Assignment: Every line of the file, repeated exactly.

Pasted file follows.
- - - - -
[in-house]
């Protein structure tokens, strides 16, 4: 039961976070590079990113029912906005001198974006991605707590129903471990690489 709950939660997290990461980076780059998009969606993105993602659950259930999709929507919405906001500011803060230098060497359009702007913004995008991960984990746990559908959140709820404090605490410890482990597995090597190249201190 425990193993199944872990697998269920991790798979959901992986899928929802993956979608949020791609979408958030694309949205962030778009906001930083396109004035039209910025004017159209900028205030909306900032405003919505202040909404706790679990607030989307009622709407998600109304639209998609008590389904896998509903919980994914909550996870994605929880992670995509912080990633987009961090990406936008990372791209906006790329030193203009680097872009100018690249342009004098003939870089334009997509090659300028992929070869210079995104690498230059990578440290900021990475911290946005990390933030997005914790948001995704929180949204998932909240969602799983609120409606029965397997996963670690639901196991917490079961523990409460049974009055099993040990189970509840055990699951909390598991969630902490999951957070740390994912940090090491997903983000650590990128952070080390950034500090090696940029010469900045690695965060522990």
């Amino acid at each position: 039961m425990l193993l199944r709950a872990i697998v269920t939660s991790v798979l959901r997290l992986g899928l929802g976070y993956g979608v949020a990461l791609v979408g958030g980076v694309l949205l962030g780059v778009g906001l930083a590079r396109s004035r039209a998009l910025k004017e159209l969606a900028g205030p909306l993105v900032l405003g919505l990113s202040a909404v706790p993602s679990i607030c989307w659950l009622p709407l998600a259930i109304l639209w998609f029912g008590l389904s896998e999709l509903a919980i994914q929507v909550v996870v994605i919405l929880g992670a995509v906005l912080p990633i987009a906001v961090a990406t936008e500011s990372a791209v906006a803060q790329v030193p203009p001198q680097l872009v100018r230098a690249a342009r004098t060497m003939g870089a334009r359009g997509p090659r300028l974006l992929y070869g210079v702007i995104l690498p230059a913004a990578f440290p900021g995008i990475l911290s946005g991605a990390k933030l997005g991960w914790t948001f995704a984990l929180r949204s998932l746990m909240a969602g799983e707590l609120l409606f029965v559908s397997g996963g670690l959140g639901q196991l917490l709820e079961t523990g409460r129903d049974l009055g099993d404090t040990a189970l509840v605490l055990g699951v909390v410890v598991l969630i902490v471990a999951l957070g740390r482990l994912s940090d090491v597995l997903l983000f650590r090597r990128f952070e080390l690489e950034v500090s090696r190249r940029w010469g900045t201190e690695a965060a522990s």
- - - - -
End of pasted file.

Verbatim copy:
[in-house]
């Protein structure tokens, strides 16, 4: 039961976070590079990113029912906005001198974006991605707590129903471990690489 709950939660997290990461980076780059998009969606993105993602659950259930999709929507919405906001500011803060230098060497359009702007913004995008991960984990746990559908959140709820404090605490410890482990597995090597190249201190 425990193993199944872990697998269920991790798979959901992986899928929802993956979608949020791609979408958030694309949205962030778009906001930083396109004035039209910025004017159209900028205030909306900032405003919505202040909404706790679990607030989307009622709407998600109304639209998609008590389904896998509903919980994914909550996870994605929880992670995509912080990633987009961090990406936008990372791209906006790329030193203009680097872009100018690249342009004098003939870089334009997509090659300028992929070869210079995104690498230059990578440290900021990475911290946005990390933030997005914790948001995704929180949204998932909240969602799983609120409606029965397997996963670690639901196991917490079961523990409460049974009055099993040990189970509840055990699951909390598991969630902490999951957070740390994912940090090491997903983000650590990128952070080390950034500090090696940029010469900045690695965060522990």
């Amino acid at each position: 039961m425990l193993l199944r709950a872990i697998v269920t939660s991790v798979l959901r997290l992986g899928l929802g976070y993956g979608v949020a990461l791609v979408g958030g980076v694309l949205l962030g780059v778009g906001l930083a590079r396109s004035r039209a998009l910025k004017e159209l969606a900028g205030p909306l993105v900032l405003g919505l990113s202040a909404v706790p993602s679990i607030c989307w659950l009622p709407l998600a259930i109304l639209w998609f029912g008590l389904s896998e999709l509903a919980i994914q929507v909550v996870v994605i919405l929880g992670a995509v906005l912080p990633i987009a906001v961090a990406t936008e500011s990372a791209v906006a803060q790329v030193p203009p001198q680097l872009v100018r230098a690249a342009r004098t060497m003939g870089a334009r359009g997509p090659r300028l974006l992929y070869g210079v702007i995104l690498p230059a913004a990578f440290p900021g995008i990475l911290s946005g991605a990390k933030l997005g991960w914790t948001f995704a984990l929180r949204s998932l746990m909240a969602g799983e707590l609120l409606f029965v559908s397997g996963g670690l959140g639901q196991l917490l709820e079961t523990g409460r129903d049974l009055g099993d404090t040990a189970l509840v605490l055990g699951v909390v410890v598991l969630i902490v471990a999951l957070g740390r482990l994912s940090d090491v597995l997903l983000f650590r090597r990128f952070e080390l690489e950034v500090s090696r190249r940029w010469g900045t201190e690695a965060a522990s």